But this idea is surely not written in stone, or should we say woven in wool? And we are sure there were some very early all-over, non-medallion, weavings as well. Trouble is none are extant...
This being the case, we are pretty sure there were even earlier versions of the Seljuk fragments we illustrate, and they could have presented the gol we are imagining.
Some years ago in the Weaving Art Museum exhibition titled: A New Look At Some Ancient Carpet Fragments, http://www.weavingartmuseum.org/wamri/preface.htm, RK illustrated a group of tiny knotted-pile fragments we consider to pre-date the Seljuk rugs found in the Ala al-Din and Beysheir Mosques. Some writers have called these fragments Seljuk but this is nothing but more name dropping, as there is nothing known to connect them with the others.
Regrettably, none of them have enough remaining iconography to directly relate to this discussion; although one, shown below, does tantalizingly present what appears to be an the earliest version of the paired bird or animal head profile icon we will soon mention.
Ancient carpet fragment; Carl Johan Lamm Collection; National Museum; Stockholm, Sweden
Another possible source lies in the mystery of what exactly the rugs known from miniatures painted during the Timurid period actually looked like. And although glimpses of them appear in a small number of those miniature paintings no actual rug or fragment exists. The weavings that do appear in those miniatures support the idea medallions, and not all-over patterned rugs, were the style at that time.
It is also conceivable a medallion with even earlier iconography than the archaic minor gol displays was Timurid.
However, even more questions surround exactly what the relations between the Timurid and contemporary Turkmen groups were, so this entire topic has little information to go on.
Again, it is perfectly possible iconography on some Timurid knotted-pile carpets was similar to Turkmen and gol based. Hopefully someday a weaving of this type will surface and be recognized.
Let's now look at another Seljuk rug where iconography related to our archaic minor gol appears.
RK believes this is a second period Seljuk rug; Mevlana Museum, Konya
Dividing the small group of Seljuk rugs in first and second period, ie earlier and later, seems to make perfect sense to us and we are surprised no other researcher or writer has done this. The simplification, and yes codification, of the iconography shown on the first period examples typifies the second period.
As an example, the first Seljuk rug fragment we illustrated is first period, and this one second.
Here the field pattern is a synthesis, or combination, of elements from the border and the earlier first period rug's far more eccentric and highly articulated field pattern. This is no accident and we are sure the second period example is some long decades earlier than the other.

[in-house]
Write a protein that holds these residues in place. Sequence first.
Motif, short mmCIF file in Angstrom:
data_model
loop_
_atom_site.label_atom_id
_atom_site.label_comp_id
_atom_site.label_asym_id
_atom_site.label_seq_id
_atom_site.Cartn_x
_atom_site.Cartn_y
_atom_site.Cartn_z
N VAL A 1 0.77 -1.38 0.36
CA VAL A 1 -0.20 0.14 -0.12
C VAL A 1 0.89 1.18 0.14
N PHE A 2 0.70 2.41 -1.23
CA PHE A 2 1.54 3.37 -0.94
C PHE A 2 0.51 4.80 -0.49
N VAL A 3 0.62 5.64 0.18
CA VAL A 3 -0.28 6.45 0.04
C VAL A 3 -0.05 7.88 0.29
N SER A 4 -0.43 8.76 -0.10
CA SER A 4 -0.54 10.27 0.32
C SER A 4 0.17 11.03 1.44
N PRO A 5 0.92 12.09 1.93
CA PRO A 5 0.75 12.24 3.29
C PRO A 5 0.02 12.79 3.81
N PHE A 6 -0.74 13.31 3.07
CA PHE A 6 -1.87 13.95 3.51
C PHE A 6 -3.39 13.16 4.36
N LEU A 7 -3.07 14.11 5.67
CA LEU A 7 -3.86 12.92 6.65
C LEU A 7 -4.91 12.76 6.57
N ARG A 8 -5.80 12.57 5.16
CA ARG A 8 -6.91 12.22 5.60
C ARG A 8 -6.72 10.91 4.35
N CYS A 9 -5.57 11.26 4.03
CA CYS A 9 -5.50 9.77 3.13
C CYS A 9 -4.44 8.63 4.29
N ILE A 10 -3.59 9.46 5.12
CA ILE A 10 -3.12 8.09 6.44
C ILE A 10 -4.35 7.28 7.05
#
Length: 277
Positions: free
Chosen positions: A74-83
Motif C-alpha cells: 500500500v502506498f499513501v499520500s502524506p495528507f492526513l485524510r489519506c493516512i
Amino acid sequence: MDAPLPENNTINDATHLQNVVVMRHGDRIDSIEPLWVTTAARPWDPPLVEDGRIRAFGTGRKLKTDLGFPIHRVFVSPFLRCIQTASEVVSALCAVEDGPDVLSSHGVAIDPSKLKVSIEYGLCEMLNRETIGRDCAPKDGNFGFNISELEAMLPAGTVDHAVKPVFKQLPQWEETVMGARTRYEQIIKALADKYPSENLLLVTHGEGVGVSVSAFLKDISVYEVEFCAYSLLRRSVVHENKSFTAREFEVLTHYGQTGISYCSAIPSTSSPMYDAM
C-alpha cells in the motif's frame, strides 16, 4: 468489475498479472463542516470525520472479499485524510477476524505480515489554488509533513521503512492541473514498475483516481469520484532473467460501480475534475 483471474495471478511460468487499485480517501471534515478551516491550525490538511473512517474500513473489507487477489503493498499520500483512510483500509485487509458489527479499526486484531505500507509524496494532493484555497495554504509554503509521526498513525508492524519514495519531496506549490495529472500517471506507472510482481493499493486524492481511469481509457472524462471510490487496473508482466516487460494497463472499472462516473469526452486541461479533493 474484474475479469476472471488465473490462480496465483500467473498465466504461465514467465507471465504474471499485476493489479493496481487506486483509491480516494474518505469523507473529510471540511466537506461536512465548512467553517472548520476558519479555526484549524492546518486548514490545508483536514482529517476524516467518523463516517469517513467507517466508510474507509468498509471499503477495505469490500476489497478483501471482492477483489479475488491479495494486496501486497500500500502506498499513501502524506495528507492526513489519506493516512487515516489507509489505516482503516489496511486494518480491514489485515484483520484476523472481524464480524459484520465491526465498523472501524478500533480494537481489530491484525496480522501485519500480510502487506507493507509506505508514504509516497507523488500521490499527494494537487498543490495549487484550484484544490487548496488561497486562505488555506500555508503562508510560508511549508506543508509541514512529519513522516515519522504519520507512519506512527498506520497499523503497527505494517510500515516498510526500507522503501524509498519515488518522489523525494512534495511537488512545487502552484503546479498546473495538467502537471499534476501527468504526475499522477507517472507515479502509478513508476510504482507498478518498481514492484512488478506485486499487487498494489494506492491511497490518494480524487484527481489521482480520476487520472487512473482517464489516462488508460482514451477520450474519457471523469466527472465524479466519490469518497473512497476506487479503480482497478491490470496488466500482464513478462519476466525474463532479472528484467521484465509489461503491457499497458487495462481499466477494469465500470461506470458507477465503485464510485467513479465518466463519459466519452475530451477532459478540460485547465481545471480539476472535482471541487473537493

This iconographic dilution cannot be attributed to the skill of the weaver, or lack of it, an idea some in RugDumb seem to think explains the degeneration all types of rugs, soumak and kelim exhibit.
Comparing the main borders provides an additional piece of the puzzle, one that substantiates our contention it is a later, ie second period, weaving
Plus a major iconographic element, the somewhat abstract but nonetheless recognizable paired bird or animal head profile, integrated into these main border, provides another significant link to the archaic Tekke torba. Not to the minor gol but rather the major, ie the so-called torba gol.
Top: Detail first period Seljuk rug border; Middle: Detail second period Seljuk rug border, Bottom: Detail archaic Tekke torba major gol
The first period Seljuk carpet's border is unfortunately damaged and does not show the full repeat, but what remains is enough to see its version of the paired bird or animal head profile was more complex and similar to the archaic Tekke torba major gol.
The photo below shows details of the second period Seljuk rug border and the archaic Tekke torba major gol. There are four small white arrow,v, to highlight the paired bird or animal head profile, which are upside down, for those who might have trouble identifying them.
Upper: Detail Tekke torba major gol; Lower: first period Seljuk fragment border; both with white arrows,V, showing paired bird or animal head profile icon.
There is another other paired bird or animal head profile icon but this one is hidden in the negative space, also called reciprocal, in the first period Seljuk rug's border.
Detail first period Seljuk rug showing paired bird or animal head profile icon hidden in the negative, also called reciprocal, space
Note: We are not presenting this, and the other, analog to prove Turkmen rugs are derived from Seljuk ones, this is not at all where we are coming from. Rather we believe there was a common ancestor from which they all drew important iconographic elements.
And at this point in time we also believe the Seljuk border with the paired bird or animal head profile was actually derived from a medallion or gol that existed in a far more ancient period of weaving.
The fact the archaic Tekke torba's version is far more complex and intricate in comparison to what is displayed on the Seljuk main border can be interpreted as supporting this contention because we seriously doubt that complexity is accretion.
Detail from the border of the first period Seljuk fragment with white arrows,^, to show the one of the earlier version of the paired bird or animal head profile icon remains and the place where the second one would be were it not damaged
We believe there should be little disagreement these versions of this icon, and the other points we raise, provide a good look into the deep roots of the archic Tekke torba. Also the rugs called Seljuk have iconography that is related to this puzzle.
Clearly there are other parallel that can be drawn and should we not visit this topic again soon we hope our readers will do some work on their own to discover them.